It sounds like what you want is a set of heat loss calculations. These are the calculations a heating contractor would do in order to determine how much power (BTU output) a furnace/boiler would need in order to keep your house warm. A heating system is then sized such that it can overcome the heat loss your home would experience on the coldest day of the year.
These calculations are based on the area of each room, exterior walls, number of windows and doors, type of insulation, etc. I saw an episode of Ask This Old House that included a heat-loss analysis using software that calculated this using a house model / floor plan entered by the contractor. According to this show page (http://www.thisoldhouse.com/toh/tv/ask-toh/products-and-services/episode/0,,20321333_20311273,00.html), that software was made by WrightSoft.
Unfortunately, this software seems to be aimed at contractors rather than homeowners, and has a price tag of $200-$500. It is also probably rather technical. There are some other options, including some free online heat loss calculators. But why bother, when you can probably have a heating or insulation contractor come to your house and do these calculations for you?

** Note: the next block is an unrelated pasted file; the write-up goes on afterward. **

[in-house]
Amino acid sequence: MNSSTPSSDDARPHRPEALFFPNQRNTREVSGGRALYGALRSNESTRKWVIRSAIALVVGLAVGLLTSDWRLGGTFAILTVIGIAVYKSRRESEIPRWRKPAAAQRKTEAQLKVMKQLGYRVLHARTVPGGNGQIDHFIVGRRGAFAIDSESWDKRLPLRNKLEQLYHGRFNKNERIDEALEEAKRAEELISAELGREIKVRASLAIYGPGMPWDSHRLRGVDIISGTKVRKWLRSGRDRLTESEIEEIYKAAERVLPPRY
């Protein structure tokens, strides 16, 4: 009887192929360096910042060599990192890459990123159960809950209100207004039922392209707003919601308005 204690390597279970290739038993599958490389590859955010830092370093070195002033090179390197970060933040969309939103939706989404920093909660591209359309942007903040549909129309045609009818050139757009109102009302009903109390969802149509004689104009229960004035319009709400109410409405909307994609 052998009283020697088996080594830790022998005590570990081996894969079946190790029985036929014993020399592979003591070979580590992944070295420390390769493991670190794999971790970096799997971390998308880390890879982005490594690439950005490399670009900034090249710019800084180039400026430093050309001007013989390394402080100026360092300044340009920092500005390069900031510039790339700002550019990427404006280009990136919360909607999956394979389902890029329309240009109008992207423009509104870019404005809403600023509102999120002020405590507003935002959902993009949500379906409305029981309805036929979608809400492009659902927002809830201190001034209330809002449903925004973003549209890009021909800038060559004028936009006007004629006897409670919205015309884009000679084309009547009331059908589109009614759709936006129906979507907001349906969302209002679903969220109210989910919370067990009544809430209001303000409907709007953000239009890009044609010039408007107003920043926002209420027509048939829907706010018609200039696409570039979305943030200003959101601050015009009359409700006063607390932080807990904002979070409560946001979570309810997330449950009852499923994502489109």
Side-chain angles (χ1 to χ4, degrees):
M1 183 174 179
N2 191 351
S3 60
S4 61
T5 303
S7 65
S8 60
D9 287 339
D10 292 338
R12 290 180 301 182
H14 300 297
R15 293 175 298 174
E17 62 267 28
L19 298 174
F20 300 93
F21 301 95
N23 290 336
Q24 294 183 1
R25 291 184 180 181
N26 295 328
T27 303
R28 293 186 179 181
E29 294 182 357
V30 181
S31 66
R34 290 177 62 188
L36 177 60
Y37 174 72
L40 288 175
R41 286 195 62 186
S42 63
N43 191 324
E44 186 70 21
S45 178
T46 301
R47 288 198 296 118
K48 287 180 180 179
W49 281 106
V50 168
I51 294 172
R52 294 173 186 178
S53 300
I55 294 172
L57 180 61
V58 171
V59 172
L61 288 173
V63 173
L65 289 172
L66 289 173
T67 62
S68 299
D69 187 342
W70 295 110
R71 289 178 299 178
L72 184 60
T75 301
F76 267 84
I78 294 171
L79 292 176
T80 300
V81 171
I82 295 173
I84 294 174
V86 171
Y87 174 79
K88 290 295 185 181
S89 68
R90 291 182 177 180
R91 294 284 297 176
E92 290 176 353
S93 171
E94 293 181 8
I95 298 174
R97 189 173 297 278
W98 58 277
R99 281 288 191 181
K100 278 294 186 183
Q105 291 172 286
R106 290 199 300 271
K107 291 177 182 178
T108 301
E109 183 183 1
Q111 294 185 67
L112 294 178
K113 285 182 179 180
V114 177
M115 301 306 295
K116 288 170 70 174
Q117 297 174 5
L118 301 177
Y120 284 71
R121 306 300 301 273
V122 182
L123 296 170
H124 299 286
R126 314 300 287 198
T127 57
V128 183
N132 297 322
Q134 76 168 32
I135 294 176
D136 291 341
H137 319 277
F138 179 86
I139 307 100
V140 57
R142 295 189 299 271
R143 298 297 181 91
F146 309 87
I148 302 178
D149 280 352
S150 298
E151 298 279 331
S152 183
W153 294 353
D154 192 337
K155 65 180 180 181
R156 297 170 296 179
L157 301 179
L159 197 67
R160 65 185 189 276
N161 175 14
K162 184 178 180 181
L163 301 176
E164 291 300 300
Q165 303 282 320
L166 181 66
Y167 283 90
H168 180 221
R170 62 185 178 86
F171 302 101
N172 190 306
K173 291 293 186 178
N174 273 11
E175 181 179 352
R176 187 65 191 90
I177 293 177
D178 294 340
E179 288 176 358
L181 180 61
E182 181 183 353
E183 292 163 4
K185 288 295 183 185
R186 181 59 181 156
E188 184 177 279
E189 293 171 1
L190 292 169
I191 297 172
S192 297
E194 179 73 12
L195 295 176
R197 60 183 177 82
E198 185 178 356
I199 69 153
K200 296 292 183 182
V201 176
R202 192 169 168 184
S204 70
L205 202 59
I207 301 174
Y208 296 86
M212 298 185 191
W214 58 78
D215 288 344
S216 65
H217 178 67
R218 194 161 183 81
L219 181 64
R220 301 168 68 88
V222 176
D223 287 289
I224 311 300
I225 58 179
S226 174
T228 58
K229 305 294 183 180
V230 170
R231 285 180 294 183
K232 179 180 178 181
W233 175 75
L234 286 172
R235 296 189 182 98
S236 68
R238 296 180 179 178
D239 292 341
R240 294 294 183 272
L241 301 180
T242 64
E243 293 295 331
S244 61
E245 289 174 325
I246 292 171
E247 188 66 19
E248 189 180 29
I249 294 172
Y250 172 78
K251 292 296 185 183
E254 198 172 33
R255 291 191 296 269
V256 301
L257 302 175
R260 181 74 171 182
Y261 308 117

In Massachusetts, where I live, the utility companies offer an energy audit service where, among other things, they inspect and measure your house and offer you various options for adding insulation. For each option, e.g. blowing cellulose insulation into the exterior walls, they also list the estimated savings per year, based on local energy prices. Using that, you can calculate how many years it'll be before the insulation work pays for itself. In my case, about $2000 of insulation work would pay off in between 2 and 3 years.
If utility companies in your state don't offer this service, you may still be able to find an insulation contractor who can. And for figuring out which doors to close to reduce heat to unused rooms, why not do some experiments? You can buy a thermometer with multiple remote sensors, and watch how the temperature fluctuates in your unused rooms.